Union Square Portraits: Conversations about America – with Lee

On November 17, 2017, in Latest News, by The Somerville Times

Freelance photographer and software engineer Lee.

By JT Thompson

Lee is a freelance photographer and software engineer who has been the director of the Washington Street gallery and studios, just outside Union Square, for the last fifteen years.

When we meet at bloc 11 café, he is wearing a 2006 brown and blue Art Beat t-shirt, glasses with black, rectangular frames, and a red cloth hat which looks something like a hunting cap. He says he thought it would add a nice touch of color to his photo.

Lee is an appealing conversationalist, roaming open-mindedly between intriguing tangents, and fascinated by people in an amused, gentle and non-judgmental way. He fidgets endearingly while he talks, and his observations on people and culture are often threaded through with his light laugh.

Being actively engaged with the world clearly means a lot to him, but he is always quick to acknowledge that there is more to know than he what he knows – that people and situations are always too complex for one person to fully understand.

Lee grew up in Houlton, Maine, a tiny town about five miles from the Canadian border.

“At the turn of the century, Houlton had the highest income per capita income in the nation, from potato farming. I don’t know if it’s true, they may just say it. The town had about 6,000 people when I was growing up, still does. They’re just much older now.”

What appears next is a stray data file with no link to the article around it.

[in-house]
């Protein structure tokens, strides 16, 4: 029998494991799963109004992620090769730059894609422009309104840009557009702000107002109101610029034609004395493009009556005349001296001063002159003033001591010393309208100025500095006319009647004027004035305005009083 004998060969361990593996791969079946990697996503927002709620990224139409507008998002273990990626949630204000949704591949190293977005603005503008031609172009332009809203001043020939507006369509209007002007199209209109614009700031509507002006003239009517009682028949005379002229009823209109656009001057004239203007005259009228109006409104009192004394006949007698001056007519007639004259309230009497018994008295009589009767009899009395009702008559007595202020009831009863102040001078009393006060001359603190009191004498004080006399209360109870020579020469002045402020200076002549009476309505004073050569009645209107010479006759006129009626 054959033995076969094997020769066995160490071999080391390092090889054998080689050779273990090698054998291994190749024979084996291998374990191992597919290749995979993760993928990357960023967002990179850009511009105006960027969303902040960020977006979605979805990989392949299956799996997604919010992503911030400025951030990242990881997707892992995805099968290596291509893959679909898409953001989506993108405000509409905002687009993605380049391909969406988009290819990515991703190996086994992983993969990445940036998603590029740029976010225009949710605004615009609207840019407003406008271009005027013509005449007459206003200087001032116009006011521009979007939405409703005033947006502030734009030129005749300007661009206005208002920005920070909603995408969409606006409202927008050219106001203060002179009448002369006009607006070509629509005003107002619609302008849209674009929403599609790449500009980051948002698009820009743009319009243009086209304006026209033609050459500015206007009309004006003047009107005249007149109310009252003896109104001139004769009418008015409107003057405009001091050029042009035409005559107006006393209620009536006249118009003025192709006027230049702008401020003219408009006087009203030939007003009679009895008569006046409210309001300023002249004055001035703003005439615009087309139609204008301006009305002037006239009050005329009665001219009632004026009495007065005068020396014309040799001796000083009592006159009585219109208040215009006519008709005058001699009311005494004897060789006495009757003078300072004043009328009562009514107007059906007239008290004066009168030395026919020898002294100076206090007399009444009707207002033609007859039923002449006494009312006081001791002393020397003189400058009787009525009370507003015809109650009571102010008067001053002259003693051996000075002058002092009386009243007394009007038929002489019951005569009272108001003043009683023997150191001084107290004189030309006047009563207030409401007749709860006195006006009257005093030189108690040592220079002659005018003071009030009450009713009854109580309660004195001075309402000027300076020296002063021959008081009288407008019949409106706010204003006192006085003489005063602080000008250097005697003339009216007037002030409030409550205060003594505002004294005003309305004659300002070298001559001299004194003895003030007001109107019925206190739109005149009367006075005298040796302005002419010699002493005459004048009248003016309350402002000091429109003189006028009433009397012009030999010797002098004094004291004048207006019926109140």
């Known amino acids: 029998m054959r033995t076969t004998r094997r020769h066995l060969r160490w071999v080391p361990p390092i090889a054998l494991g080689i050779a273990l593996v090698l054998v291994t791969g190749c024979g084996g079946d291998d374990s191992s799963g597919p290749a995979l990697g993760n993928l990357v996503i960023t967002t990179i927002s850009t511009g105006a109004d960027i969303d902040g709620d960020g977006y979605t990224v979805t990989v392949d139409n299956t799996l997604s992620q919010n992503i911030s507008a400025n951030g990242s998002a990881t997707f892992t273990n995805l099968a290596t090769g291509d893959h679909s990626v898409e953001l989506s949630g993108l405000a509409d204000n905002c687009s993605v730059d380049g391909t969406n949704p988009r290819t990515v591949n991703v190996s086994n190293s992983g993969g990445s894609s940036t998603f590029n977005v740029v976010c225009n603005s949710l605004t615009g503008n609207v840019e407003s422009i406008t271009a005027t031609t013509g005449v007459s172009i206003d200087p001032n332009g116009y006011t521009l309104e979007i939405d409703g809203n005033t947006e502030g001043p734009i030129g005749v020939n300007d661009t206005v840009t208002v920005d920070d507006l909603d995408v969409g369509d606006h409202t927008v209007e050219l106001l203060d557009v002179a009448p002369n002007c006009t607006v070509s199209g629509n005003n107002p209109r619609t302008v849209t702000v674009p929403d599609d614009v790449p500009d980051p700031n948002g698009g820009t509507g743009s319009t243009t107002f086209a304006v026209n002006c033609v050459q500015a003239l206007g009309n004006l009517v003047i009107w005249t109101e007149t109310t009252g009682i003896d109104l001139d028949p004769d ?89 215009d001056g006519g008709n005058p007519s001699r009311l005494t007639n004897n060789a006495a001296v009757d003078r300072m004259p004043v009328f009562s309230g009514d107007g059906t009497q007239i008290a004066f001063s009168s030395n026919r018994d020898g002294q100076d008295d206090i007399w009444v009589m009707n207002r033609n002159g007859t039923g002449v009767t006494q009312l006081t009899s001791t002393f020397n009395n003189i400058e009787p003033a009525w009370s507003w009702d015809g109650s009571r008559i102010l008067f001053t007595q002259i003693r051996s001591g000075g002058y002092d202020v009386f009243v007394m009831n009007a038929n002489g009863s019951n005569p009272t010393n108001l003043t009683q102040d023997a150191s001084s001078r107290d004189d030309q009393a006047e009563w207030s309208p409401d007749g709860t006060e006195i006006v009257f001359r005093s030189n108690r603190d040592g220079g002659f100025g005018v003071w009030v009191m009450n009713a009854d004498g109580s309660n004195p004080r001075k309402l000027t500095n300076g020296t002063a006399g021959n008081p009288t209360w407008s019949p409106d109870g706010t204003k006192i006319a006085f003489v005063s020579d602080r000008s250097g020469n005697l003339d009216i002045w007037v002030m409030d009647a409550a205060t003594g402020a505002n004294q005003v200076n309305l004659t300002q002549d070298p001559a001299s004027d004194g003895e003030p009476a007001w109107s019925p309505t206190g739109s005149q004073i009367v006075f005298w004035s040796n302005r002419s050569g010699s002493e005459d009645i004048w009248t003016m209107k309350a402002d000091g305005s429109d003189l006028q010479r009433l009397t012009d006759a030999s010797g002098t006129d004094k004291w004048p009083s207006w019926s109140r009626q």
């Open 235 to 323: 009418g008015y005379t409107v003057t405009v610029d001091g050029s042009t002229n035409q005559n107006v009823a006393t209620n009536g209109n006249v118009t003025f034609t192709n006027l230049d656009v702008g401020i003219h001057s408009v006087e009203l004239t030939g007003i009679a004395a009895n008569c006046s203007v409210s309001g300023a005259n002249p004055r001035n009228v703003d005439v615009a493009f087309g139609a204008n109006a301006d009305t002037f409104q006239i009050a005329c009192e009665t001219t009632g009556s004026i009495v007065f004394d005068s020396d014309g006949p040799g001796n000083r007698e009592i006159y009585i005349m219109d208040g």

“I didn’t necessarily feel like I should get out of Houlton. But it seemed like things outside were interesting. But most people stay.”

In the photographs of Lee’s that I’ve seen at the Washington Street Art Center – mostly candids of friends and family – you can see his love of the little details that make people unique.

I ask him how he got into photography.

“I’m not suuuure…we had a camera at home. Then…hmm…when I was about ten, I started buying cameras at yard sales. I took a lot of pictures of our seven guinea pigs,” he laughs. “I was also into the science of it. I skipped a year of science, got into the electronics class. I was into computers. Which I guess makes sense,” he laughs again.

Though he has been more focused on freelance photography in recent years, software engineering is still one of Lee’s main sources of income.

Lee didn’t travel much growing up, but has a vivid memory of taking a lot of pictures at the Natural History Museum in DC (“Including some of their guinea pig!”)

I ask him when his family came to the States, and what he loves about America.

“I realized recently, I’m only second generation. On my father’s side, they were in Canada in the 1800s. It was my grandfather who became a naturalized citizen in the U.S.”

“What I love…seems like there’s a lot to it. Which I think is good. The country is diverse. City to town, rural to city, I have more experience with.”

“I’m somehow named after Robert E. Lee. Dad’s mother’s side had that name, not sure why. Don’t think they were racist, but who knows,” he laughs. “In my town, someone complained on Facebook recently that someone broke into their car and stole their Confederate flag. I don’t know why they had it. This was a new thing in Houlton. I was driving up to Houlton the other day, and stopped at a big drugstore in Bangor, which now sells Confederate flags, with the Don’t Tread on Me snake. So, I don’t know.” He shrugs. “The country’s getting more segregated, not just racially, but ideologically. More intolerant.”